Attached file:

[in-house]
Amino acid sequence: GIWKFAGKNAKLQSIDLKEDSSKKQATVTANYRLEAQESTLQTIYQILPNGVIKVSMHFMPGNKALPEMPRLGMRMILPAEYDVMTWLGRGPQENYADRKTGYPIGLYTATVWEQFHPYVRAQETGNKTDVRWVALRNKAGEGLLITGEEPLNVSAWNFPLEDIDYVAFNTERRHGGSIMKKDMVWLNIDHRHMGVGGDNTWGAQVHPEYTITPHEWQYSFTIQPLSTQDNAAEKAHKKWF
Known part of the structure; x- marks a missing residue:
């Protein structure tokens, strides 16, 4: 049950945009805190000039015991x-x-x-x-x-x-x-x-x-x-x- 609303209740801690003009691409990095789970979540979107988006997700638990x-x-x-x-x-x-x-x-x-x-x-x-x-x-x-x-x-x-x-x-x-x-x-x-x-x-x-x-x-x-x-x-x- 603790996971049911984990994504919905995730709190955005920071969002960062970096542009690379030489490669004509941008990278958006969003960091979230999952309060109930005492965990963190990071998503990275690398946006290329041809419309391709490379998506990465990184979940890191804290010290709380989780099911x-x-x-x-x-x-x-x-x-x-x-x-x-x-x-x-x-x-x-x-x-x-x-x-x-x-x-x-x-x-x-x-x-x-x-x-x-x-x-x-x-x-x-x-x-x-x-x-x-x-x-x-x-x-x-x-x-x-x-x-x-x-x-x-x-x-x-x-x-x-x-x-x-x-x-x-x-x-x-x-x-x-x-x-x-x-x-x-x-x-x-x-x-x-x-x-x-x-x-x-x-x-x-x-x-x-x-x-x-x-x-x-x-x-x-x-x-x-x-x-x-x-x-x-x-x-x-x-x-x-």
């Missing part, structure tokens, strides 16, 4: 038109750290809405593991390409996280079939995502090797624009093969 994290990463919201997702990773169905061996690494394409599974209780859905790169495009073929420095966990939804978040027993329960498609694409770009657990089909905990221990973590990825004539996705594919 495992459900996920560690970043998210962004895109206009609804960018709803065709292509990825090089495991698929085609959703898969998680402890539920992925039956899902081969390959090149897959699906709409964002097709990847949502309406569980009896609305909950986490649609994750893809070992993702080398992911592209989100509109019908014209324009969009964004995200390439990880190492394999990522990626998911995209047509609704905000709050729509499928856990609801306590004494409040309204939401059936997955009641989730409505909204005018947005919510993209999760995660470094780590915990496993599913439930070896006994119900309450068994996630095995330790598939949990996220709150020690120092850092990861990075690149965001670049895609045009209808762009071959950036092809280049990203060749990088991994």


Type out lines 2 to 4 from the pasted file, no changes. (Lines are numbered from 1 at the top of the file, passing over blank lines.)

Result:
Amino acid sequence: GIWKFAGKNAKLQSIDLKEDSSKKQATVTANYRLEAQESTLQTIYQILPNGVIKVSMHFMPGNKALPEMPRLGMRMILPAEYDVMTWLGRGPQENYADRKTGYPIGLYTATVWEQFHPYVRAQETGNKTDVRWVALRNKAGEGLLITGEEPLNVSAWNFPLEDIDYVAFNTERRHGGSIMKKDMVWLNIDHRHMGVGGDNTWGAQVHPEYTITPHEWQYSFTIQPLSTQDNAAEKAHKKWF
Known part of the structure; x- marks a missing residue:
């Protein structure tokens, strides 16, 4: 049950945009805190000039015991x-x-x-x-x-x-x-x-x-x-x- 609303209740801690003009691409990095789970979540979107988006997700638990x-x-x-x-x-x-x-x-x-x-x-x-x-x-x-x-x-x-x-x-x-x-x-x-x-x-x-x-x-x-x-x-x- 603790996971049911984990994504919905995730709190955005920071969002960062970096542009690379030489490669004509941008990278958006969003960091979230999952309060109930005492965990963190990071998503990275690398946006290329041809419309391709490379998506990465990184979940890191804290010290709380989780099911x-x-x-x-x-x-x-x-x-x-x-x-x-x-x-x-x-x-x-x-x-x-x-x-x-x-x-x-x-x-x-x-x-x-x-x-x-x-x-x-x-x-x-x-x-x-x-x-x-x-x-x-x-x-x-x-x-x-x-x-x-x-x-x-x-x-x-x-x-x-x-x-x-x-x-x-x-x-x-x-x-x-x-x-x-x-x-x-x-x-x-x-x-x-x-x-x-x-x-x-x-x-x-x-x-x-x-x-x-x-x-x-x-x-x-x-x-x-x-x-x-x-x-x-x-x-x-x-x-x-």